The 15 greatest free-kicks of all time

Greg Lea
Ronaldos screamer, Robertos jaw-dropping banana and the cheek of Ronaldinho Greg Lea counts down the greatest ever dead-ball strikes

15. Ronaldinho, Flamengo vs Santos

Much like his famous toe-poke against Chelsea, this 2011 goal showcases what made Ronaldinho so special. After drawing a foul with some typically fantastic footwork, the Brazilian waits for the wall to jump out of the way before simply sliding his shot underneath it. He may have scored free-kicks that were more technically difficult to execute, but none evidence Ronaldinho’s invention, audacity and downright genius quite like this one.

1:20 for the goal

14. Garrincha, Brazil vs Bulgaria

Looking at the respective positions of the wall, the goalkeeper and the free-kick itself, it would appear that the only way a right-footer could put the ball where Garrincha sticks it is by curling it with the instep. But no. The Brazil international instead strikes across it with the outside of his boot, bending the ball into the top corner to give the Seleção a commanding 2-0 lead in this 1966 World Cup group stage clash. Stunning.

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13. Hakan Calhanoglu, Hamburg vs Borussia Dortmund

Turkish midfielder Calhanoglu has developed a reputation as a free-kick specialist in recent years – and this is the most astonishing he’s hit so far. Despite the fact that 45 yards separate ball from net, the then-Hamburg man acquaints the two with this ferocious strike which arrows towards goal before dramatically swerving left at the last minute.

The only thing this 2014 free-kick loses marks for is Dortmund’s utter apathy at trying to defend it. Although having said that, there wouldn’t have been much they could do anyway.

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12. Lasse Schone, Ajax vs Feyenoord

“Keep it tight first 20, boys. Don’t give anything silly away.”

Those were probably the instructions of Feyenoord boss Giovanni van Bronckhorst ahead of Sunday’s Klassieker against Ajax, but the Dutchman’s players were unable to comply. Just 53 seconds in, Lasse Schone gave the hosts the lead at the Amsterdam Arena, letting rip with an astonishing piledriver that kissed the bar on its way in. Not a bad start for the home side, all in all.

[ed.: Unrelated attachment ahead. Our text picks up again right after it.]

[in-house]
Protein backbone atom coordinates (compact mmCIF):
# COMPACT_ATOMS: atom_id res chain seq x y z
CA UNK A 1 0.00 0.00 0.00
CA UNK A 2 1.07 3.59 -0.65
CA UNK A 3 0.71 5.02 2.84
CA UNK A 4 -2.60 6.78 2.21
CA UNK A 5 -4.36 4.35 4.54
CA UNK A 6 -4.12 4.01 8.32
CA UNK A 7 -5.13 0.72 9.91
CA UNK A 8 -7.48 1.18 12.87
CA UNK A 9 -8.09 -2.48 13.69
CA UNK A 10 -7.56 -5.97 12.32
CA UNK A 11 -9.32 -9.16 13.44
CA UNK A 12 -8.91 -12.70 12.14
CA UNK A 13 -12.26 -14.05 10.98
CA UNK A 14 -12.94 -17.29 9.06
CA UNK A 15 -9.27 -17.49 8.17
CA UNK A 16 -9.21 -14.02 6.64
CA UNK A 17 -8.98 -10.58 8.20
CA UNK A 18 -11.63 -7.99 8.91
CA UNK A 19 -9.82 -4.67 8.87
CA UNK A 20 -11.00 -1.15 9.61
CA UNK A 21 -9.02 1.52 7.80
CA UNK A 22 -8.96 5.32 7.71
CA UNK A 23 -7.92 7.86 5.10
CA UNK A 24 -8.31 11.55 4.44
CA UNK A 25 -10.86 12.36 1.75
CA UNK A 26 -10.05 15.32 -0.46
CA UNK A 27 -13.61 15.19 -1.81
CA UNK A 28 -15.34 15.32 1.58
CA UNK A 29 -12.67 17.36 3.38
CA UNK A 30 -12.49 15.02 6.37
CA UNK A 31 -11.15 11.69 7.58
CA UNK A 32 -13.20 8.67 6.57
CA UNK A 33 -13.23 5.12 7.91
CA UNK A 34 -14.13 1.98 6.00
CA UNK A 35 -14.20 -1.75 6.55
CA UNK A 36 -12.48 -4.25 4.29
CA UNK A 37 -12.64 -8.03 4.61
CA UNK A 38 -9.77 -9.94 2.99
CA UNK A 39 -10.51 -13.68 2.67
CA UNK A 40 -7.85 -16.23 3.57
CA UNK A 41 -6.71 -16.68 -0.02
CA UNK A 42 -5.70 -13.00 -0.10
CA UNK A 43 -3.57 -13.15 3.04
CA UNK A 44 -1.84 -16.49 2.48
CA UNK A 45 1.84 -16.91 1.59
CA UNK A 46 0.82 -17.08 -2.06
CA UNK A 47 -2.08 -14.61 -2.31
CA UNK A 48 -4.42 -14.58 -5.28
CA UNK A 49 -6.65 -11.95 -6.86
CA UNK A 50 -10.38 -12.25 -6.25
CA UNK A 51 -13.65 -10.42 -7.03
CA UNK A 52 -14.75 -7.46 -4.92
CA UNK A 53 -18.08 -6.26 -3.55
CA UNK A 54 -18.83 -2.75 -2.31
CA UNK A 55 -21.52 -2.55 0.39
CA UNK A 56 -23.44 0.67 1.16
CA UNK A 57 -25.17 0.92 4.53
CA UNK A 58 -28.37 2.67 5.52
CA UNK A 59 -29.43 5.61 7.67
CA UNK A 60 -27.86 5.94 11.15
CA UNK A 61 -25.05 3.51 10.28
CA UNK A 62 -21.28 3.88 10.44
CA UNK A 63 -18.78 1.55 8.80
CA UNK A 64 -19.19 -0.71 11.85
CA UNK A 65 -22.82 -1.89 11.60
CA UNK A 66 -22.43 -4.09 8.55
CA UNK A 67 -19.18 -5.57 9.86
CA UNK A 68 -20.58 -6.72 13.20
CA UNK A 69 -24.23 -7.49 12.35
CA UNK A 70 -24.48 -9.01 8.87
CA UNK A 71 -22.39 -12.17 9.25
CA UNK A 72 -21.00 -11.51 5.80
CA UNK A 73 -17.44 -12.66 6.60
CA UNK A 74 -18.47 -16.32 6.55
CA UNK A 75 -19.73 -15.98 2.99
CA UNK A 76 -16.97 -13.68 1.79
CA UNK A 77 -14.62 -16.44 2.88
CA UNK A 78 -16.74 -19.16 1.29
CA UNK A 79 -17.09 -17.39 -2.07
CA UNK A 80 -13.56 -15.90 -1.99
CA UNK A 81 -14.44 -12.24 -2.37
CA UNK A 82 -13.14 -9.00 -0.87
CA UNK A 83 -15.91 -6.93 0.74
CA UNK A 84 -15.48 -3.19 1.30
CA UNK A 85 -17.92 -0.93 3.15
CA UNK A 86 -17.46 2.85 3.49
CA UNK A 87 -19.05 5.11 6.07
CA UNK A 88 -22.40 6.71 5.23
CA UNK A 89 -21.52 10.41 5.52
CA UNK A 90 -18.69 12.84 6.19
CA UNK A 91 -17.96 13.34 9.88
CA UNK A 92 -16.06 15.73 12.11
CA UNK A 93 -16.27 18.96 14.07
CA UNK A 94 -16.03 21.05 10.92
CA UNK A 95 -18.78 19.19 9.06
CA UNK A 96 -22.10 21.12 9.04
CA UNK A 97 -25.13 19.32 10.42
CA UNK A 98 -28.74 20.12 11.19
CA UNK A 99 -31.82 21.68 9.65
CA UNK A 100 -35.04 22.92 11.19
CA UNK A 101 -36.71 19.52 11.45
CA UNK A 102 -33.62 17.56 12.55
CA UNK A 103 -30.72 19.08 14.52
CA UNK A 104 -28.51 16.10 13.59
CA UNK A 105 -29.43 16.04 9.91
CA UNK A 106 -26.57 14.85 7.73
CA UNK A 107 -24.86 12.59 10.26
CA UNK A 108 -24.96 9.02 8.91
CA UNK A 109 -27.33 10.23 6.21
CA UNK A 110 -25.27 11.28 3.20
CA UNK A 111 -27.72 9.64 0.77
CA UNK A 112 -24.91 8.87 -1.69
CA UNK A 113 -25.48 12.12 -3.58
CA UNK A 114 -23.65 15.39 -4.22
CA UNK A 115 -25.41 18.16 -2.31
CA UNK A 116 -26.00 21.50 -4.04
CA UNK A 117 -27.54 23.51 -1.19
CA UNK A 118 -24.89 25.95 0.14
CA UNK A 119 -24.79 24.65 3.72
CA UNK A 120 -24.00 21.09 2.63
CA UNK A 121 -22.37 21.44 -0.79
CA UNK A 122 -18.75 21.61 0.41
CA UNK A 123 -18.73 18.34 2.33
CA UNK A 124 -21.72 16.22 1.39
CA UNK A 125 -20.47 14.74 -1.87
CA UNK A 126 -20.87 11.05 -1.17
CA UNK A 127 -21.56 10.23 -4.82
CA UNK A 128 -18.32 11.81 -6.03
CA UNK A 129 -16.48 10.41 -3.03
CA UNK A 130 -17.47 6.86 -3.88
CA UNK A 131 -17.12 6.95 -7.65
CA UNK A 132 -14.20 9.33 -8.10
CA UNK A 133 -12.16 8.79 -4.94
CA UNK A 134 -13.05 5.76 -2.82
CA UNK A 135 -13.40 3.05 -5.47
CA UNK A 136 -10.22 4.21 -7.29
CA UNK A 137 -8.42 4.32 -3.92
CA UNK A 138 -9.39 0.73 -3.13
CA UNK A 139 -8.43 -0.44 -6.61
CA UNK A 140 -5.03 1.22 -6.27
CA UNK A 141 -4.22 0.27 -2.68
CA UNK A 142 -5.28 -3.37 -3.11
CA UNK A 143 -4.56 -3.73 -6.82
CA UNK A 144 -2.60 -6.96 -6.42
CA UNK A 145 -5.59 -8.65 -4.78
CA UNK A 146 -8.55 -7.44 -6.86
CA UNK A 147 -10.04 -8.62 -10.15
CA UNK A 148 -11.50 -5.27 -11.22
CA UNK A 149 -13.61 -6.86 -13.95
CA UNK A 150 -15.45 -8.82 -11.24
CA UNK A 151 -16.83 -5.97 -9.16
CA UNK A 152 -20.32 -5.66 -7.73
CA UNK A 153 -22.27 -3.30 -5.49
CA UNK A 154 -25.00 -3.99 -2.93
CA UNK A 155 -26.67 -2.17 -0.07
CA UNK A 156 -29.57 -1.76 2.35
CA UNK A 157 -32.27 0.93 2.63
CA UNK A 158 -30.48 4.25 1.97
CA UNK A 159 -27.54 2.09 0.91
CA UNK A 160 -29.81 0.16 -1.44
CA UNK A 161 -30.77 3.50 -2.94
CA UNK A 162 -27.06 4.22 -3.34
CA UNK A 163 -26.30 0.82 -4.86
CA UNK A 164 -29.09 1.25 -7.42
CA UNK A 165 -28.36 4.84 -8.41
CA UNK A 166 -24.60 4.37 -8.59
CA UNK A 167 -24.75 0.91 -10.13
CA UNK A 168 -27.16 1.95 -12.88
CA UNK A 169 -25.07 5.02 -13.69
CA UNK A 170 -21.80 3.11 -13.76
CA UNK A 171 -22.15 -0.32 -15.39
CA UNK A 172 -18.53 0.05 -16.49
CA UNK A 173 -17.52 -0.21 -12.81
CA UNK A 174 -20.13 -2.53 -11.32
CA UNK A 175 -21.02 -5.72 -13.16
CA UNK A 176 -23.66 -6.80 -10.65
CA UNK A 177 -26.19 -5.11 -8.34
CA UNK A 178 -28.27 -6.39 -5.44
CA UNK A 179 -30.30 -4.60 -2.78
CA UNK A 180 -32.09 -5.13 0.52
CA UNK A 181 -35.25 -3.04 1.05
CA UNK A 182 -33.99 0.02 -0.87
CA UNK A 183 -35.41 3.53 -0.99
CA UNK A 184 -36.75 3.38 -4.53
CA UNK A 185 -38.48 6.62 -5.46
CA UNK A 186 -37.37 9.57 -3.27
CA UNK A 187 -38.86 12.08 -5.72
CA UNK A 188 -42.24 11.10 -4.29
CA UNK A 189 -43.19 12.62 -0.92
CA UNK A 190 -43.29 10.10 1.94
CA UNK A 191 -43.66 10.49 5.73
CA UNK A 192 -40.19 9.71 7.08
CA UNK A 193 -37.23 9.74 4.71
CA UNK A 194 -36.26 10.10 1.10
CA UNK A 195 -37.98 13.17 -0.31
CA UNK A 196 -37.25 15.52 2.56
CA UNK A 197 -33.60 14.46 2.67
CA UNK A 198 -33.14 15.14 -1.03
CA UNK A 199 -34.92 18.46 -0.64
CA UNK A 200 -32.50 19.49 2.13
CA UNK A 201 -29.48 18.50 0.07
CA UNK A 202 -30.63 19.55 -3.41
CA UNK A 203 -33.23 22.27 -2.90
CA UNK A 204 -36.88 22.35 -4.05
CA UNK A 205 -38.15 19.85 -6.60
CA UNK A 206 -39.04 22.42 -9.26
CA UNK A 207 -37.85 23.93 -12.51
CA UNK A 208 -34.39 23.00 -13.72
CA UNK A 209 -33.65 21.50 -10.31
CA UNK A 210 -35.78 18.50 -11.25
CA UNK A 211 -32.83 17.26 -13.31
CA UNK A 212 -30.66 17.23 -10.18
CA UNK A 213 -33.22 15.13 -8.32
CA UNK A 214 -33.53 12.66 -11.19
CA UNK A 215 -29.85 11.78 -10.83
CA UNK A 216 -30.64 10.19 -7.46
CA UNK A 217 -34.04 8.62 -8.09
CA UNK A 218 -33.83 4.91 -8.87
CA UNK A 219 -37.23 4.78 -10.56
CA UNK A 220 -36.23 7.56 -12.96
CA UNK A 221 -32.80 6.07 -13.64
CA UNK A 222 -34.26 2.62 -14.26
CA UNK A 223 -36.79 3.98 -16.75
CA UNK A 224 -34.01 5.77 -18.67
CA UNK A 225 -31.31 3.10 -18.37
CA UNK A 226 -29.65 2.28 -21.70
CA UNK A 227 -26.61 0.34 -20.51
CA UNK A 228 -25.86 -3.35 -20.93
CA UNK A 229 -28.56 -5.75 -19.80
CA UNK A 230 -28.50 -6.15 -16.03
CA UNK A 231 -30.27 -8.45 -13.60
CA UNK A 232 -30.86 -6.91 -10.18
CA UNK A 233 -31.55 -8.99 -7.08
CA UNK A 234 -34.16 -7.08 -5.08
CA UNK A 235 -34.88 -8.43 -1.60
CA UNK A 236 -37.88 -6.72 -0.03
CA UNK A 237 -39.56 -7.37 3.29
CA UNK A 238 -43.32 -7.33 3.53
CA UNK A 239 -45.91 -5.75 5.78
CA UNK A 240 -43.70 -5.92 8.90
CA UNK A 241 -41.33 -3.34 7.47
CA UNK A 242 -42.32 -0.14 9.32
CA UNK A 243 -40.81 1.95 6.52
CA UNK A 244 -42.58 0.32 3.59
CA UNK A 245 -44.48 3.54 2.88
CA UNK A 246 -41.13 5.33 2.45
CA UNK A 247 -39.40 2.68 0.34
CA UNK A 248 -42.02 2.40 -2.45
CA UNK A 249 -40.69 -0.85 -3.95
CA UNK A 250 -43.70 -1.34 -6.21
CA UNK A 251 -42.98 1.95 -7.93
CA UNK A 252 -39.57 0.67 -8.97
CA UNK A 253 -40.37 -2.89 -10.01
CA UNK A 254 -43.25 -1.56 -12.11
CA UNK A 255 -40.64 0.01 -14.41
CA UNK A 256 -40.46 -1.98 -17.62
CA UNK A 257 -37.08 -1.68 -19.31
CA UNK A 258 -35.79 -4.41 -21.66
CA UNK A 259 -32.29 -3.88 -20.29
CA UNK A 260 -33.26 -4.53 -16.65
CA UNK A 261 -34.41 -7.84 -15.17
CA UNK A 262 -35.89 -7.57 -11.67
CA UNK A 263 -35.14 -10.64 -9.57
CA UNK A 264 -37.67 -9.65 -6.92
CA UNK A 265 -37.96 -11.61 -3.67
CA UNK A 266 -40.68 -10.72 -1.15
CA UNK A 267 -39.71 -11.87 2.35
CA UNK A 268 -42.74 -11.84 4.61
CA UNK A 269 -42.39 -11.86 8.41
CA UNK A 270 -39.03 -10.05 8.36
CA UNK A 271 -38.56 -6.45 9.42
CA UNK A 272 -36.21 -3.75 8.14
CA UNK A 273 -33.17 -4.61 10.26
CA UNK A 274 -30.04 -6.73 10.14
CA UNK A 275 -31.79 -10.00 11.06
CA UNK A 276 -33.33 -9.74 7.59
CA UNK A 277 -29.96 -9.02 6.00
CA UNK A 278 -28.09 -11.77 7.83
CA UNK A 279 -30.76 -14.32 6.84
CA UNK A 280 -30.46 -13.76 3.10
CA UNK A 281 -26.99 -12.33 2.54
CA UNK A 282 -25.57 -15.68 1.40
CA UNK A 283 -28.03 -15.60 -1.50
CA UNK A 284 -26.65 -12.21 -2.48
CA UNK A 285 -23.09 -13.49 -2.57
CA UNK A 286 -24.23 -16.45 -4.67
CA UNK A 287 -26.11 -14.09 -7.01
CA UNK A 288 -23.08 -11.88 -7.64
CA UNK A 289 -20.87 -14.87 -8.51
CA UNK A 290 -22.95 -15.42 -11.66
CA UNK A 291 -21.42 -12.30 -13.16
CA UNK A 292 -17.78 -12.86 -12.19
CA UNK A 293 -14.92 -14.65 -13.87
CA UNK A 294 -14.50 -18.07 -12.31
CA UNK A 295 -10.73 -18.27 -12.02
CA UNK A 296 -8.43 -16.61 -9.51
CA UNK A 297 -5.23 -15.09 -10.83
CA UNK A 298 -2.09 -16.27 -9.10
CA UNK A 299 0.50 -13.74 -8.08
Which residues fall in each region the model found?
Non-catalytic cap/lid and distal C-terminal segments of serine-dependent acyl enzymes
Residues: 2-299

11. Teofilo Cubillas, Peru vs Scotland

Cubillas barely looks interested as Peru prepare to take this set-piece against Scotland in 1978, with three of his team-mates gathered around the edge of the opposition box.

That, however, was probably all part of an act which sees Juan Munante step over the ball and Cubillas delicately prod it around the wall with the outside of his foot. It’s a fine piece of skill and arguably the best free-kick in World Cup history (sorry Becks).

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10. Paul Gascoigne, Tottenham vs Arsenal

Picture the scene. You’re playing an FA Cup semi-final at Wembley against your club’s biggest rivals. Just four minutes have elapsed and the game is still goalless when you’re awarded a free-kick 40 yards out. May as well have a dig, right?

That’s exactly what Paul Gascoigne did in 1991, and it proved a fantastic decision. Slamming his laces right through the centre of the ball, the Tottenham midfielder produced a missile which looked destined for the top corner as soon as he’d hit it. The free-kick seemed to pick up pace the further it travelled, leaving David Seaman without a hope of keeping it out despite managing to get a glove to it.

9. Cristiano Ronaldo, Manchester United vs Portsmouth

Ronaldo was unstoppable in the 2007/08 campaign, much like this free-kick in the 2-0 defeat of Portsmouth that sent Manchester United to the top of the table in late January. Struck with venom, the ball flies over the wall and, at the last moment, dips decisively to leave David James stranded.

“That without doubt must be the best [I’ve seen in the Premier League],” Alex Ferguson said afterwards. “From that distance, he’s going to hit them. No keeper in the world would save that.”

00:23 is what you're looking for

8. Alvaro Recoba, Inter vs Bologna

Perhaps the most entertaining thing about this swerving free-kick from 2003 is the wall’s futile attempt to stop it. The four Bologna defenders jump as expected, before realising that Recoba has tried something completely different and turn around just in time to see the ball clip the far post on its way over the line. The Uruguayan magician won’t have hit many sweeter than this.